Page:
Behind the Music

soundcity-poster-pYou know for a “writing” blog, or at least the blog of a “writer” of some kind, I really don’t talk about writing much. Certainly not writing advice, mainly because I don’t have any; I figure there are enough blowhards out there driving frustrated writers down conflicting paths to misery. But even my own writing I don’t talk about much. So here’s a little update. I haven’t been doing much fiction writing at all lately, though I have a couple story ideas clattering around, and some notes taken here and there, and I have a pretty solid novel idea with a few notes here and there as well. However, the bulk of what I’ve been working on is freelance nonfiction writing. Have some irons in the fire, some stuff that will see the light of day in a few months, things like that. I’ve written the occasional piece for the Missoula Independent as well. I mention it because there is a piece out today that is about something I really dig — the music documentary Sound City produced and directed by Dave Grohl.

I hope you check out my review in the Indy today. Here’s a little excerpt:

As a guy who has made music with friends for many, many hours in recording studios, the film hits me where my heart is when it comes to the creative process and how music should be recorded. Forget digital cutting and pasting. Forget perfect performances. I want bands live in a room, making music together, playing the songs as a unit to capture living, breathing, human performances. Other musicians and music geeks of similar values—those graybeards and kids digging through vinyl bins at record stores—will no doubt agree.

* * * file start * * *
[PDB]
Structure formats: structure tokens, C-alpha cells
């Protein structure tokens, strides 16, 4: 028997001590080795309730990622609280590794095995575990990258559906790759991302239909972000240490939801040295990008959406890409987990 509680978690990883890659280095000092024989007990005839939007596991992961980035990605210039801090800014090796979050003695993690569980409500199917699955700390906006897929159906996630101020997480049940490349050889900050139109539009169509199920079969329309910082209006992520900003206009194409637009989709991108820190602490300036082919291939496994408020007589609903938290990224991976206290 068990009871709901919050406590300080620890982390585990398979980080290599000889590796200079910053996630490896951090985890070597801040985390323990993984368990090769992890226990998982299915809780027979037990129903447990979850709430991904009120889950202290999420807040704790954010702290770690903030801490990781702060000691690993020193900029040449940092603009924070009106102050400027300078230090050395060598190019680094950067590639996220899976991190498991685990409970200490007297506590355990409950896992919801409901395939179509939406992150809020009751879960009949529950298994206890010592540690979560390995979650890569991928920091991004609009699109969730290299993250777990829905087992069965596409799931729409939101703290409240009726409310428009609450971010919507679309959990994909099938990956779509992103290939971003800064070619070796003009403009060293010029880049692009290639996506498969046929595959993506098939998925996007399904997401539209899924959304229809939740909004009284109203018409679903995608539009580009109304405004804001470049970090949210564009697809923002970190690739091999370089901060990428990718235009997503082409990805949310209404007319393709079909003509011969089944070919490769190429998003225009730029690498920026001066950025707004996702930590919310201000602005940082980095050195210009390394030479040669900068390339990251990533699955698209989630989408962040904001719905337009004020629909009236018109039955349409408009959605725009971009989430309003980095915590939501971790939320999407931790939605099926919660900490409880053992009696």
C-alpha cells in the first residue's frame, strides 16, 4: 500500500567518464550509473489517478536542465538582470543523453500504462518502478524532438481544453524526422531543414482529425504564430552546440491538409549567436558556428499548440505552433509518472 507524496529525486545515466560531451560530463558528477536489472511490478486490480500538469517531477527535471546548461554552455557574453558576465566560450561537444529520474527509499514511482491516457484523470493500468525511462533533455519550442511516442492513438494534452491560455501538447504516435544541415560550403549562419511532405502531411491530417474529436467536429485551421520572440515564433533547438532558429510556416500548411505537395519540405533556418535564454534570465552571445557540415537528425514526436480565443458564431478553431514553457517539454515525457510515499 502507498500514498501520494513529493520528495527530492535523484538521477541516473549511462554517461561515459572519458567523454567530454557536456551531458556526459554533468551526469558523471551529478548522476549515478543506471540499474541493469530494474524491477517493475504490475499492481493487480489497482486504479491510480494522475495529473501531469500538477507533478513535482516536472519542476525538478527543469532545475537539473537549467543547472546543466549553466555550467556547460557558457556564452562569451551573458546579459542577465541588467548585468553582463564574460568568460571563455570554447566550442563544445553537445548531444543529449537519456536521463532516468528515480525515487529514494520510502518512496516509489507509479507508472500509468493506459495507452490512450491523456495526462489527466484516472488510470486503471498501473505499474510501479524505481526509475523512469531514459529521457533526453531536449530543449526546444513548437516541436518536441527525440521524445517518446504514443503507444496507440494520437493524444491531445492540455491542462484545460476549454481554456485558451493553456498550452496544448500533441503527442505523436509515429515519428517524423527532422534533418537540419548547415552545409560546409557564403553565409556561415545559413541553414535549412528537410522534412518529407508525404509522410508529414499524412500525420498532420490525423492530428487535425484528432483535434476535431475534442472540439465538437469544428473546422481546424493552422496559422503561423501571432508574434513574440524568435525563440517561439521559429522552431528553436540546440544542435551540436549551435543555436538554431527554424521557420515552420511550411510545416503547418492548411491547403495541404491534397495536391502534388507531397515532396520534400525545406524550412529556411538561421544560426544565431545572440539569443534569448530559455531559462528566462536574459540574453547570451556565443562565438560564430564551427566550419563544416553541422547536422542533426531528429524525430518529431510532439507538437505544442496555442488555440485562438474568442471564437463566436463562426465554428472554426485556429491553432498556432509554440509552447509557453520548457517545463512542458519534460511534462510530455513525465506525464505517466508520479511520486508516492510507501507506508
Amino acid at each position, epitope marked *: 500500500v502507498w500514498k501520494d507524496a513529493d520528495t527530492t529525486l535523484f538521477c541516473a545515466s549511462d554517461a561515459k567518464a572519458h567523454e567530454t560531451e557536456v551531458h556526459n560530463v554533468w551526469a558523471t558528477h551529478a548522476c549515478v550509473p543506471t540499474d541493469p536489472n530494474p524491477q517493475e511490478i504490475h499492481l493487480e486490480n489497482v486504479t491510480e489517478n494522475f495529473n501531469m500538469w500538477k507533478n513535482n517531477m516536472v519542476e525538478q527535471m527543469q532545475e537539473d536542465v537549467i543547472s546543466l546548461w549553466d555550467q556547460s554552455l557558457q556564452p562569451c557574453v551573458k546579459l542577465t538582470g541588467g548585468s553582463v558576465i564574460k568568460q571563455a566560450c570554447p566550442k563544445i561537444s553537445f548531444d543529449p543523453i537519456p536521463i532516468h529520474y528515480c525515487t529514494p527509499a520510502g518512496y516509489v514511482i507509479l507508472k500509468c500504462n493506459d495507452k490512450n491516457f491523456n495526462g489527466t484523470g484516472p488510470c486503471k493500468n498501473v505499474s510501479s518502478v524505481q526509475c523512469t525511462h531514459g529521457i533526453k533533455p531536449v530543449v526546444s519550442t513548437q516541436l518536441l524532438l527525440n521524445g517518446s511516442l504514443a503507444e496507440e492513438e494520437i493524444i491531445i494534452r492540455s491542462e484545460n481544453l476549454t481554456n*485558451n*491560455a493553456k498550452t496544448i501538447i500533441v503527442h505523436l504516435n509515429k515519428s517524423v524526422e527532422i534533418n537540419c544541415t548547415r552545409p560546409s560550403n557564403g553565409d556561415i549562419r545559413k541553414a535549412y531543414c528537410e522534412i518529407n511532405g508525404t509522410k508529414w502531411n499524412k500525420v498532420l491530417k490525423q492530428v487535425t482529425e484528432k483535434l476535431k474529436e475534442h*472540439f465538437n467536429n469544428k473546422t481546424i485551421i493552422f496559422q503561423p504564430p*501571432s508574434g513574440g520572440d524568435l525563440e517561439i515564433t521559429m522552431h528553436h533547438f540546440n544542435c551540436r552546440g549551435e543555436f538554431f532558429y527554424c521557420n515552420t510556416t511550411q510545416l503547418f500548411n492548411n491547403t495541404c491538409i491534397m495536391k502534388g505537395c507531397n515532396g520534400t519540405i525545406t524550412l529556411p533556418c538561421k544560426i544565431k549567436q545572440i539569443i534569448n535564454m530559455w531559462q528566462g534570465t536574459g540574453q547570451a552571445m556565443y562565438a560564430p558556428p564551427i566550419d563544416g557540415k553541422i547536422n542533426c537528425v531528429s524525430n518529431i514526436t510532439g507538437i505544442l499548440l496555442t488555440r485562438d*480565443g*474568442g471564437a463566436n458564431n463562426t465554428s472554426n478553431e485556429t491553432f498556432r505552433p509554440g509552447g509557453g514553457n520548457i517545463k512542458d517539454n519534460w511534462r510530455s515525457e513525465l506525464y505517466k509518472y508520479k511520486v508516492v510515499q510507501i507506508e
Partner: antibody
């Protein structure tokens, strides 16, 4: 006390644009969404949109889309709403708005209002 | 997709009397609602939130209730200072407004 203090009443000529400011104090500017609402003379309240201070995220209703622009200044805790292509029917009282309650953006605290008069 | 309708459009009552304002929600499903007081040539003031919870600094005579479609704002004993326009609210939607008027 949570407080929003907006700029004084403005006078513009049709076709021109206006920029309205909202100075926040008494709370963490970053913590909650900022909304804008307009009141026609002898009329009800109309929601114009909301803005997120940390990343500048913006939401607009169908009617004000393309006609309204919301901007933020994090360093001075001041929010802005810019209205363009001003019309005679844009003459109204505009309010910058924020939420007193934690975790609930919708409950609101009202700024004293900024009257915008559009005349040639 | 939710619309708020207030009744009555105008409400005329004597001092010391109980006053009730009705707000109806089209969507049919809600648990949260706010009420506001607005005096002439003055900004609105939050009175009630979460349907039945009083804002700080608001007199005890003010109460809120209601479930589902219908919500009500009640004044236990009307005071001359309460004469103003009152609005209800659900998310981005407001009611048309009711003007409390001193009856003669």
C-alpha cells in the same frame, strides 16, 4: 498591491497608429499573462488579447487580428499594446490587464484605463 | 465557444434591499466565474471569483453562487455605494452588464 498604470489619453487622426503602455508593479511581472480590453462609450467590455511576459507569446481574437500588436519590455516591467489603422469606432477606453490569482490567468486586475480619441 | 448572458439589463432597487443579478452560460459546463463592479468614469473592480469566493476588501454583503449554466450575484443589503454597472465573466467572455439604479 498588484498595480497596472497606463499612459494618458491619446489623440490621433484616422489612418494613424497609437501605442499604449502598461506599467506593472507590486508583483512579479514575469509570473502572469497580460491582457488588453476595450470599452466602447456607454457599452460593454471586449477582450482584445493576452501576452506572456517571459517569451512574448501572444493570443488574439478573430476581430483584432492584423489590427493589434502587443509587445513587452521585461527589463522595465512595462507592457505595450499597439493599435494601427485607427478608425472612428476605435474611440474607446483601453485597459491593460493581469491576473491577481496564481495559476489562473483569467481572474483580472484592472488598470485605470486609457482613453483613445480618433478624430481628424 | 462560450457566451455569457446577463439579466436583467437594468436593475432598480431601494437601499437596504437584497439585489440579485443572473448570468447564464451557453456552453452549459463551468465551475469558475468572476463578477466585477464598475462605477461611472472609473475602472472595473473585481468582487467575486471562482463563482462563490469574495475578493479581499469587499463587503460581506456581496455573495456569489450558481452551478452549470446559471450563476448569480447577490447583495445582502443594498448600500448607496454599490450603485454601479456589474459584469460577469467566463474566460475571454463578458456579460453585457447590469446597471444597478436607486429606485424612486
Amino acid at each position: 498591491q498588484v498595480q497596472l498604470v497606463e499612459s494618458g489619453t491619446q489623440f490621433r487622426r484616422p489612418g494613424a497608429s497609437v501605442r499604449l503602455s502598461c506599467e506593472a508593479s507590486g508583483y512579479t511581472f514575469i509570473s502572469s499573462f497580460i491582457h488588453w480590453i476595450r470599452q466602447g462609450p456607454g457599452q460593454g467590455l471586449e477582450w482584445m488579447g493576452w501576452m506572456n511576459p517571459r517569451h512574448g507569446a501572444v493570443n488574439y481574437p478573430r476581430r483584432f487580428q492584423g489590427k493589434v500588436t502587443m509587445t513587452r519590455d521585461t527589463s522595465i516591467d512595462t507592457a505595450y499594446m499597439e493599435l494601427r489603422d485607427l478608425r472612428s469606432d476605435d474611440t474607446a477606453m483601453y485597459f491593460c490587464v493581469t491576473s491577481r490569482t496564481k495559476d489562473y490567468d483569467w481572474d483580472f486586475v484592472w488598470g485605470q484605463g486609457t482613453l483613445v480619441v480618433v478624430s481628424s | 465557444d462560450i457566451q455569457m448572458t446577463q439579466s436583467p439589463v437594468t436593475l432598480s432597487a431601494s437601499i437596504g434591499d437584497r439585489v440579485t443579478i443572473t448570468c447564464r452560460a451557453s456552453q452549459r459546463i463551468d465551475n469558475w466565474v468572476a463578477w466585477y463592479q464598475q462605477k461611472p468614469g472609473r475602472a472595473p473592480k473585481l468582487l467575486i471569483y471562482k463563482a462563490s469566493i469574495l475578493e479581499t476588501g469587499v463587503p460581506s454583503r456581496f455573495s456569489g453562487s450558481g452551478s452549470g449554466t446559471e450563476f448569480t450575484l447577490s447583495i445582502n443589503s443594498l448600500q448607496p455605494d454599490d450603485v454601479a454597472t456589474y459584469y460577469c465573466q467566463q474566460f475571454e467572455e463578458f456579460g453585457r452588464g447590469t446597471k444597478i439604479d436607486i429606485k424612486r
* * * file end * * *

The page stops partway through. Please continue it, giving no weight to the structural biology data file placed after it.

That snippet really sums it for me, in many ways. It was tough — really tough — to squeeze what I think of this documentary down to 700 words, but it came out okay. I feel like music, and my various pursuits in it, really defined the first 35 years or so of my life, and, once the realities of those failed efforts set in, left me flailing for the last ten or so, bitter and jaded and cynical and surly. Sometimes it’s hard to even listen to music, because so much of it is an ache akin to visiting places where you spent time with a former love, or with someone who has moved or passed away. Writing is a creative pursuit that I’ve been trying to plug the holes with, and it has worked to varying degrees, but I’m not there yet. It’s hard to imagine that writing will ever provide the kind of euphoria that fragmented moments on stage or in the studio have, but I’m trying. It’s a totally different discipline; I’ve found nothing in writing that comes close to that moment of connection that happens when you are playing with people you’ve labored hours in rehearsal with, and everything is clicking, and there are people in the audience connecting at the same time. It can be truly transcendent. I think Sound City captures what that can be like, what it has been like. It’s a fantastic achievement.

As for writing, we’ll see. I enjoy it, and I realize I’ve tried to make it something it’s not. So I’m working to discover exactly what it is. I may ultimately throw in the towel for something else . . . but not today.


Author: Chris

Chris La Tray is a writer, a walker, and a photographer. He is an enrolled member of the Little Shell Tribe of Chippewa Indians and lives in Missoula, MT.

2 thoughts on “Behind the Music”

  1. I could’ve done without the Paul McCartney appearance (meh), but otherwise this movie ROCKED. So informative and like you said – trying to nail down a feeling or a collaboration that was only possible in that room with that equipment.
    Way cool review on the Indy – didn’t realize you were doing pieces for them. Congrats!

    1. Thanks. I’ve done a few lately, I just don’t talk about it all that much. This one was near and dear to me, so I figured it was worth a mention. And I agree 100% about McCartney. I’d maybe buy a couple songs off the soundtrack, but not the full album.

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